The companies, HasOffers and Kontagent, violated their agreements with Facebook, including holding onto data longer than their contracts allowed and failing to require their advertisers -- app developers -- to notify users of data collection through updates to their privacy policies. As a result, the partners will no longer be allowed to provide Facebook measurement or onboard new advertisers, according to a person familiar with the situation.
Remaining in the program are approximately 11 mobile marketing partners (MMPs), including Apsalar, Trademob and Localytics (See the full list). These companies support the all-important function of attributing app installs and app-based revenue back to Facebook ads.
The issues came up in a routine privacy audit of the MMPs, conducted by an outside auditor contracted by Facebook. The auditor conducted an on-site review of each Facebook MMP to make sure they were honoring its contracts.
“After working with a third-party auditor to review the practices of all our mobile measurement partners, we discovered that some weren’t adhering to the terms they agreed to," Facebook said in a statement. "As a result, we've removed a couple of our partners from the program. We take our contracts seriously, and will continue to act swiftly anytime we find out they are being violated."
The dismissal of HasOffers and Kontagent is an indicator of how seriously Facebook is treating its mobile advertising channel. In Q4 its mobile ad revenue surpassed desktop for the first time, reaching $1.2 billion globally. Additionally Facebook has launched a new test of a mobile ad network, working with a small set of app developers to extend the reach of ad buys leveraging its audience data.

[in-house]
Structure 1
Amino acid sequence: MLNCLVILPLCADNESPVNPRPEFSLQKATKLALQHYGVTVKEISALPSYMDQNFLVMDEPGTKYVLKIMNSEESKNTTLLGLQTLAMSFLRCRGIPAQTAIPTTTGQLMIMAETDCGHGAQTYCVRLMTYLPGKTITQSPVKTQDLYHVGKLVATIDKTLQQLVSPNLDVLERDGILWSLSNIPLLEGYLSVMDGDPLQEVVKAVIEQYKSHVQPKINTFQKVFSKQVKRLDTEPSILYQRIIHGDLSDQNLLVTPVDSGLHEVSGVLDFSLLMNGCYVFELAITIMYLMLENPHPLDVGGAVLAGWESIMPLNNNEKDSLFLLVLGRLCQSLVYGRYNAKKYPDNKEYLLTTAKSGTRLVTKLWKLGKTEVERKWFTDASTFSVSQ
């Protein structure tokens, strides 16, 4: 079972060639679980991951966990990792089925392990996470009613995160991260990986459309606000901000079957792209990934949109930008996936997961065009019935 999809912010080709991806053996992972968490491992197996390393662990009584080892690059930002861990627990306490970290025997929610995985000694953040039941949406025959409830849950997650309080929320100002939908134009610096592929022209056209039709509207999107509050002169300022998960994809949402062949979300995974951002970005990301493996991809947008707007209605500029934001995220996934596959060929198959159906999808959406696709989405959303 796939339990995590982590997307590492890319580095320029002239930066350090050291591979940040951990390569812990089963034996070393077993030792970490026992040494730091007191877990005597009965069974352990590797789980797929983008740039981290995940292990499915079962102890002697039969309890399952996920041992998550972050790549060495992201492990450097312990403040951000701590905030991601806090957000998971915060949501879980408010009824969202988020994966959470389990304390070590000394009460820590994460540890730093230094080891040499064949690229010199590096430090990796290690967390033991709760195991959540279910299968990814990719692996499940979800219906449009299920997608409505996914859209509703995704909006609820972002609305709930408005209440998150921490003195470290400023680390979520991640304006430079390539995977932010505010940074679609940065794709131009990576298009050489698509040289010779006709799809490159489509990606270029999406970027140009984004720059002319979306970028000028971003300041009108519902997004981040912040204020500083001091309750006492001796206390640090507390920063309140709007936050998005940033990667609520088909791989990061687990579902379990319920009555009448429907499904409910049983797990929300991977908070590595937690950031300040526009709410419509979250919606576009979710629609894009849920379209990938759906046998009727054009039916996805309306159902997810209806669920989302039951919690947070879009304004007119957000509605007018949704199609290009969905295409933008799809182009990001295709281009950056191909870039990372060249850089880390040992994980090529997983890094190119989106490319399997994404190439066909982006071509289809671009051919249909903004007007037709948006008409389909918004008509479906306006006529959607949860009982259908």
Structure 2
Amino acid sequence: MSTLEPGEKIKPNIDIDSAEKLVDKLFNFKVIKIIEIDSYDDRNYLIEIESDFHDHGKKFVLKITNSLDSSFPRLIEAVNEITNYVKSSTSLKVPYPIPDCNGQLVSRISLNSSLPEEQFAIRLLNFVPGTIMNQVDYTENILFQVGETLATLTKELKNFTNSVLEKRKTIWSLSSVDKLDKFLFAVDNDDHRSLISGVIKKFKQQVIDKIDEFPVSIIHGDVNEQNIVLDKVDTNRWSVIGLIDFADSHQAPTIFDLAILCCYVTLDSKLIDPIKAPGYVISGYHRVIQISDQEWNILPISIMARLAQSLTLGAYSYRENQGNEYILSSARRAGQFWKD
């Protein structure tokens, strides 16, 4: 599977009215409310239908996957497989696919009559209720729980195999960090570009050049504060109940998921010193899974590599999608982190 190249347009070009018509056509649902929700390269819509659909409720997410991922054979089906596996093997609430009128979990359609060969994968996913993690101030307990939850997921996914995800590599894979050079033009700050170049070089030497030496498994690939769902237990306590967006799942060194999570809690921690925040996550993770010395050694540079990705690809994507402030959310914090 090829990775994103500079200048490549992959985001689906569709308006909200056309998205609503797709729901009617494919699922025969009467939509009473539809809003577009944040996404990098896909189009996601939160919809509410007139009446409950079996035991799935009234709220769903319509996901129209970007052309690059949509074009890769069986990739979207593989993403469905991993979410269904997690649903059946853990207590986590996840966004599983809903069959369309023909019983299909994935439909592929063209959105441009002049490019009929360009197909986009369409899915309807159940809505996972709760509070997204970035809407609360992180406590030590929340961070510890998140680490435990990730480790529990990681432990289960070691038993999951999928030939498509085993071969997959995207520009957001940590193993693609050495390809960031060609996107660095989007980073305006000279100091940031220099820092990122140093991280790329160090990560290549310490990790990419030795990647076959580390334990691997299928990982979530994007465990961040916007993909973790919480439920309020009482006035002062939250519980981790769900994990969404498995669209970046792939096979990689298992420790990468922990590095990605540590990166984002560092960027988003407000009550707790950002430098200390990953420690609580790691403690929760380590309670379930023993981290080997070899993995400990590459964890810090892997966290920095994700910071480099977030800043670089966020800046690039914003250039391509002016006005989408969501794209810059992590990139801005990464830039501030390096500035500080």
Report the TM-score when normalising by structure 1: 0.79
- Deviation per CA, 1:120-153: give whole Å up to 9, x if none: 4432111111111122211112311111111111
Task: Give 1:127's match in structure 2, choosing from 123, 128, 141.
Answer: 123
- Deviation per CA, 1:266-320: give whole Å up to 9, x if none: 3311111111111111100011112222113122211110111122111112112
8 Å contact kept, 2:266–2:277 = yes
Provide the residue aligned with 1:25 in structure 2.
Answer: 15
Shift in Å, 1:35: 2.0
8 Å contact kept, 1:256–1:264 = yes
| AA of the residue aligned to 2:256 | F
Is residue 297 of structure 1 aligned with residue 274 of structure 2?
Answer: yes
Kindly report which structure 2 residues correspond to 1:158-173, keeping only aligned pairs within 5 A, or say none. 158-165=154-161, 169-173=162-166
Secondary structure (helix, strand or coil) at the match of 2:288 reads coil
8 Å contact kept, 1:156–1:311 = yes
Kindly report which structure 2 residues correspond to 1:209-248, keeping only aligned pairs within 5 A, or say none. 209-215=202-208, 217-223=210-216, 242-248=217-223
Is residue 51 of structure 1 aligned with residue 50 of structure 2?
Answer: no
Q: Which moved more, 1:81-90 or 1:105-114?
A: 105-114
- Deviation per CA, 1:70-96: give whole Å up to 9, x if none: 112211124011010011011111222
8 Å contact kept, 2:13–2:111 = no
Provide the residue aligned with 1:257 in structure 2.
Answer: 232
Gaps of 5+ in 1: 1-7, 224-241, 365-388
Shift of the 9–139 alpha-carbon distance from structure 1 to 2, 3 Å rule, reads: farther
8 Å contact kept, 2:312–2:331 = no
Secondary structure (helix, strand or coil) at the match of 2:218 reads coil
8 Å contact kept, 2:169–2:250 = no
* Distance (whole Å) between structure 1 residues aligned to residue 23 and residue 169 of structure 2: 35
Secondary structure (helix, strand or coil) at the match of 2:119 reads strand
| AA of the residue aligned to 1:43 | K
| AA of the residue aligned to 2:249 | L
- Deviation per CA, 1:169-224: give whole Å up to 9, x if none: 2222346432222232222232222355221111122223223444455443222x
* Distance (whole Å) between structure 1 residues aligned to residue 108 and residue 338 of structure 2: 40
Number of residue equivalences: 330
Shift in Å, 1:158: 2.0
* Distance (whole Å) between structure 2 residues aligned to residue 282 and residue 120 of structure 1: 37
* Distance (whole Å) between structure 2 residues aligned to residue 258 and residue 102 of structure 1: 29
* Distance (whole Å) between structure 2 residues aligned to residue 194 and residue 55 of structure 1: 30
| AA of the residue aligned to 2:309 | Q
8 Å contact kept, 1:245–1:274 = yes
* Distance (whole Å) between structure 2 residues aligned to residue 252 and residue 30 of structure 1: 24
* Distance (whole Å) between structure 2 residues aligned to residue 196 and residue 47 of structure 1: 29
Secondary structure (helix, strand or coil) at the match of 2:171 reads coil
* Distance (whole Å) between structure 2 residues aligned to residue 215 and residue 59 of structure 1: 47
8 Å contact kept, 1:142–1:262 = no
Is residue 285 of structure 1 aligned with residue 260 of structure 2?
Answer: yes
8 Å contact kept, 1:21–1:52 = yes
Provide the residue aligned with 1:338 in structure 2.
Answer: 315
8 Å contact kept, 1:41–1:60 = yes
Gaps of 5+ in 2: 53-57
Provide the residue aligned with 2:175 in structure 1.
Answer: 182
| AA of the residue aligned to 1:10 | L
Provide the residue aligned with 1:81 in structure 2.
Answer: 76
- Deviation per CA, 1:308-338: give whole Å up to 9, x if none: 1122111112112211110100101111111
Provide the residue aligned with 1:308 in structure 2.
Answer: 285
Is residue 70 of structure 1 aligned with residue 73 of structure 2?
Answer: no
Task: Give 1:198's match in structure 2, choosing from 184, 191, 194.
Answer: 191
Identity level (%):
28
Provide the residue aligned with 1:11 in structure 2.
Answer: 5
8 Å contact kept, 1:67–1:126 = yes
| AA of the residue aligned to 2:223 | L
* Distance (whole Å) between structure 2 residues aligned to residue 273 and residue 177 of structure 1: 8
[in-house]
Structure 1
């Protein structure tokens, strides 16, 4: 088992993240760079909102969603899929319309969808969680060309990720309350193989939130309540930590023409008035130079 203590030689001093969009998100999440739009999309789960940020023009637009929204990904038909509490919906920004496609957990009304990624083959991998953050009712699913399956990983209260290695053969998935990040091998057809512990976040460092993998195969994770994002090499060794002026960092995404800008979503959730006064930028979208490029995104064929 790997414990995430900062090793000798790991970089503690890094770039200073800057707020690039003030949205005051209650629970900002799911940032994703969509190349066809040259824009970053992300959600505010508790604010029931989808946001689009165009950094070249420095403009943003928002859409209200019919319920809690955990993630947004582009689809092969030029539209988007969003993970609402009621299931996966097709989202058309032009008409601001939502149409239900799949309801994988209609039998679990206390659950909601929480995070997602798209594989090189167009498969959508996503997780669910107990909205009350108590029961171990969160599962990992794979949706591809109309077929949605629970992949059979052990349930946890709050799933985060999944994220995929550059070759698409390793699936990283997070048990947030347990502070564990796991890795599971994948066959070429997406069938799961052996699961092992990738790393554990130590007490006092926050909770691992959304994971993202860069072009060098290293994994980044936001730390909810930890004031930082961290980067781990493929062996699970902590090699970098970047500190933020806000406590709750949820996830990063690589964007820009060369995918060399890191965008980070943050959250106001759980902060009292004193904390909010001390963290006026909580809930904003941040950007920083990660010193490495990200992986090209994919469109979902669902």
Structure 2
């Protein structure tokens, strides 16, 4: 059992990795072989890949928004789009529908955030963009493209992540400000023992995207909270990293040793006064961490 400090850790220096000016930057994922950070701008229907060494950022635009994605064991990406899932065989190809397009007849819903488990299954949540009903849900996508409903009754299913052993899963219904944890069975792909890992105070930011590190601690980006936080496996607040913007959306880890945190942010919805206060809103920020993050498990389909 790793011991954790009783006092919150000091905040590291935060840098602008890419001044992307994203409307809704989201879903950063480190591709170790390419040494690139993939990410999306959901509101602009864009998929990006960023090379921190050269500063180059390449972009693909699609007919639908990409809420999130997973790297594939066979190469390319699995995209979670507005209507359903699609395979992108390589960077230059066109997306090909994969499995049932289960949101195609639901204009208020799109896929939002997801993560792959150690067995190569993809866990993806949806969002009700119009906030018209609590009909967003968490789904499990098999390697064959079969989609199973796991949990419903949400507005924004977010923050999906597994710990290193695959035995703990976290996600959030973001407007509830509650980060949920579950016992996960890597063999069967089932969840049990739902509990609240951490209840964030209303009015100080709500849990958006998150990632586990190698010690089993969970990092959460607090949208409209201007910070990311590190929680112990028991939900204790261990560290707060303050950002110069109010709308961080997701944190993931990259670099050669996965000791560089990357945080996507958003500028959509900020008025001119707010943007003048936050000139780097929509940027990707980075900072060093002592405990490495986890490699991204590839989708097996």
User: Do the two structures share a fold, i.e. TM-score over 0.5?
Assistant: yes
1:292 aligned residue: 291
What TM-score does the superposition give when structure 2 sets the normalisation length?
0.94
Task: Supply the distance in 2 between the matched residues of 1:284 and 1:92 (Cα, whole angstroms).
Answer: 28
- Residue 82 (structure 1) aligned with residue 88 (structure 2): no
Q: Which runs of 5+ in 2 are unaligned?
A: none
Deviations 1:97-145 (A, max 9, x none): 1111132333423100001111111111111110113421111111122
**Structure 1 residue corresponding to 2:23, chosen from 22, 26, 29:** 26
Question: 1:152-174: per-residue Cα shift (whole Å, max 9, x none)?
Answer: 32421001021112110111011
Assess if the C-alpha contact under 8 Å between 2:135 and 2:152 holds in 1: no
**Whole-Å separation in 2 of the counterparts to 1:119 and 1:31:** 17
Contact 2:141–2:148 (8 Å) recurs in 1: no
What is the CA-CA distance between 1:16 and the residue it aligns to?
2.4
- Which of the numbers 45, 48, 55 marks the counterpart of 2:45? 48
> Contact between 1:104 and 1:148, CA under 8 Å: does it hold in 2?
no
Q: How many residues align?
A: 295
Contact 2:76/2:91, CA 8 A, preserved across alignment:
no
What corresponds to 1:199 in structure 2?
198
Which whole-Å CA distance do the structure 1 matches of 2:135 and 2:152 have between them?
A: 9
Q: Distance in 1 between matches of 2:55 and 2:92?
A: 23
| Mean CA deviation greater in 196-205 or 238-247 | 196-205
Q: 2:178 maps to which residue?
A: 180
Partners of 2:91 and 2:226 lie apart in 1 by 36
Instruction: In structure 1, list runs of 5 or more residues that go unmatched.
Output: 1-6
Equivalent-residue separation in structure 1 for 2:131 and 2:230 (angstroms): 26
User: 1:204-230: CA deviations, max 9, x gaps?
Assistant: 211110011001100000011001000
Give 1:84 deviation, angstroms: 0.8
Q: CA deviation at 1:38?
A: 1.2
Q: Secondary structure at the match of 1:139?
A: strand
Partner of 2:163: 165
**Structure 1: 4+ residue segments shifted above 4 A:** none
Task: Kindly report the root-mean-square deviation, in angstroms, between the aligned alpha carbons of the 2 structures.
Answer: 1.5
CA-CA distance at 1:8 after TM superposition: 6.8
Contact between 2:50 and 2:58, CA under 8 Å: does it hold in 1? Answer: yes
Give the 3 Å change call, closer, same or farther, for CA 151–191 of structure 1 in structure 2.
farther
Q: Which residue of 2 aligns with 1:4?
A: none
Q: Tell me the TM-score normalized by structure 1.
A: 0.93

The data collected and retained by Facebook's MMPs includes downstream conversions, lifetime value and ad ROI, all pegged to anonymous user IDs. One possible concern from Facebook's point of view is that anonymous user data gathered from Facebook campaigns could be cross-referenced with a device identifier such as Apple's Identifier For Advertising (IDFA) to create a side data business. The data retention limits are intended in part to mitigate that risk.
Probably the larger motive is to show the world -- regulators, advertisers, and partners -- that Facebook has meticulous privacy controls in place and will be constantly monitoring for violations and take actions when it finds them.
To that end, it's worth noting no data leaks or privacy breaches were discovered by Facebook or its auditor.
Neither HasOffers nor Kontagent were available to comment.
The story previously stated incorrectly that MMPs can track impressions.
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